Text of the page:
Rāgas and dveṣas are Sanskrit antonyms that are paramount to understanding the human dilemma of bondage to the material world filled with things that one likes and dislikes – as these two words have often been translated. However, as I learned from Gloria, this concept is much more than one liking chocolate and disliking eggplant.  I despised eggplant, and then later acquired a taste for it. Dealing with one’s own tastes, however, is often not so easy – not to mention dealing with other people’s tastes. Therefore, here in this Gῑtā, I have decided to remain with the Portuguese-equivalent words with which I learned this concept: tastes and aversions, because likes and dislikes simply did not seem to cover the constant duality of objects in this world that leads one astray from self-knowledge by distracting one with the endless search for pleasure and avoidance of pain, as well as the acceptance of the tastes and aversions one has and does not control – despite all efforts.

Struck by what was about to unfold in the middle of the battlefield, Arjuna asks which way of life is best: one of action or one of renunciation. Much of the Gῑtā is dedicated to describing this bifurcation of life, both of which lead to the self-knowledge that is the final liberation from human suffering. In Sanskrit, these two paths have two specific names: karmayoga and sannyāsa. The Sanskrit grammar allows for corresponding parts of speech to describe individuals on these paths – karmayogin and sannyāsin. Portuguese’s Latin grammar could often mirror the geometry of its ancient Sanskrit ancestor. English, however, can be quite unruly: its huge lexicon can break off into a plethora of apparent synonyms that are actually quite different in meaning and often carry strong connotations.  It left me with heavily charged words like actor/agent and renouncer/renunciant that I found either too vague or disagreeable for the contemporary English ear.

As previously mentioned, there is a final objective of human life, which is called mokṣa in Sanskrit.  At the end of the Gῑtā, Arjuna declares that he has understood the meaning of this word. There are those that have dedicated their lives to comprehending its meaning. Gloria chose the Portuguese-equivalent word of ‘liberation’ for her public in Brazil. My choice in English was a little more complicated with words like ‘freedom’. As far as I can see, both terms are equally appropriate; even so, I imagined Arjuna pounding his fist, demanding freedom (from bondage); then I imagined him imploring for liberation (to be what he had always been). The latter term somehow seemed wider and arrived in my ear more generously. I had to make the call; I hoisted my sail and moved on to continue my voyage between the two more distant places on the globe, India and Brazil.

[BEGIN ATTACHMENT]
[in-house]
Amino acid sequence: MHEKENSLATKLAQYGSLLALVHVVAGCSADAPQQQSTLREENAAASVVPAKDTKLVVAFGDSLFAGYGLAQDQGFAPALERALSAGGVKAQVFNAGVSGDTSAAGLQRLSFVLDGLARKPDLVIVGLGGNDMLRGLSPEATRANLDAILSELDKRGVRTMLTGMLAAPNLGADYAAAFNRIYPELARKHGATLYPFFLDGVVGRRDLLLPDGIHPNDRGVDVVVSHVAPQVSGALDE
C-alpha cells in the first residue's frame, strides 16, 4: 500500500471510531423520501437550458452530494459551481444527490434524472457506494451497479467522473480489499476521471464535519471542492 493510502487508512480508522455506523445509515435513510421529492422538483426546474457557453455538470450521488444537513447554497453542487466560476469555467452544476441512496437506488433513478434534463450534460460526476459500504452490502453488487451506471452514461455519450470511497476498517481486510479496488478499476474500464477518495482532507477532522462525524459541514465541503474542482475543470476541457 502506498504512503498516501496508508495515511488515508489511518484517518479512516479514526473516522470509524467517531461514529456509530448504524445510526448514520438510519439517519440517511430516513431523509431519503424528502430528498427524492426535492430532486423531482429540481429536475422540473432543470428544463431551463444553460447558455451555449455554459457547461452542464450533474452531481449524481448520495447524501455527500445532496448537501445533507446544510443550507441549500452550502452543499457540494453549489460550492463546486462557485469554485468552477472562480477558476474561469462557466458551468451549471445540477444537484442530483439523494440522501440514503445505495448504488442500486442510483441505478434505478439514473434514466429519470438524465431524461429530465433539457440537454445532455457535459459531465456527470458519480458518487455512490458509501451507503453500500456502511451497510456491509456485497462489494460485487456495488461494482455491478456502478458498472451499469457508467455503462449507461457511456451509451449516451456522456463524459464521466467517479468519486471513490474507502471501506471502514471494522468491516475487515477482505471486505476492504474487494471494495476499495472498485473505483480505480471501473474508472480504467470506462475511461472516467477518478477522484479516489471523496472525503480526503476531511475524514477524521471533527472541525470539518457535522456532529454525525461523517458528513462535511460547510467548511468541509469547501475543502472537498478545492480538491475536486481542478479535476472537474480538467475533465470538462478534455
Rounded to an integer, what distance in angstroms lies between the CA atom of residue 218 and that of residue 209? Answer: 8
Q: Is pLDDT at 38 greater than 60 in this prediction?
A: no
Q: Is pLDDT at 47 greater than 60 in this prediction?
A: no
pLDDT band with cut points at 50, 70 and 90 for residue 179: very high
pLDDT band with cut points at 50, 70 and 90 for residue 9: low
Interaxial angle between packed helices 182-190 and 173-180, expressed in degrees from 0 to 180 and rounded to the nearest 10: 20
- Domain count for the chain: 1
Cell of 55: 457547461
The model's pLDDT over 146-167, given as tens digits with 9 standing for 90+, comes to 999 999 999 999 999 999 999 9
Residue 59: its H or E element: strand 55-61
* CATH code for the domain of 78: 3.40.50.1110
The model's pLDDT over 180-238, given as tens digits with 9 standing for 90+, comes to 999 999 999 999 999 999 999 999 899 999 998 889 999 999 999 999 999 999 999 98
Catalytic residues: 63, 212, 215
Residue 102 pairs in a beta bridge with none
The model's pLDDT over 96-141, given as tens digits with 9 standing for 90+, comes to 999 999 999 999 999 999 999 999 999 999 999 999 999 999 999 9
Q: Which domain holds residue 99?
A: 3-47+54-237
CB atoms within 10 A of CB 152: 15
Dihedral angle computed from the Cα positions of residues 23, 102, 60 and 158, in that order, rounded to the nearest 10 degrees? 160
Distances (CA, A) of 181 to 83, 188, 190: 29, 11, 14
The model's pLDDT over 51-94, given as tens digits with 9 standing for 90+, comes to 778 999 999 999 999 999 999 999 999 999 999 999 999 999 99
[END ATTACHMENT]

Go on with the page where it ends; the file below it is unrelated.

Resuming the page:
I shall not dare assume to know why the author of my story sent me to Brazil, but I like to think that if there is one reason why I had come to Brazil, it was probably to discover India, and lend what little help I can to Gloria.

It should be so simple.

Just as it was for Arjuna, for Gloria, and for Pedro Alvares Cabral, all paths are part of a journey to discover the Self – just as they are for each and every one of us – especially when chosen inadvertently.

— Translator’s Note by Ricky Toledano from The Bhagavadgῑtā: the dialogue between Śri Kṛṣṇa and Arjuna, published by MOTILAL BANARSIDASS

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A native of Chicago, Ricky Toledano has lived in Rio de Janeiro, Brazil for over twenty years as a writer, translator and teacher. [a]multipicity is multi-lingual collection of reflections through the humanities.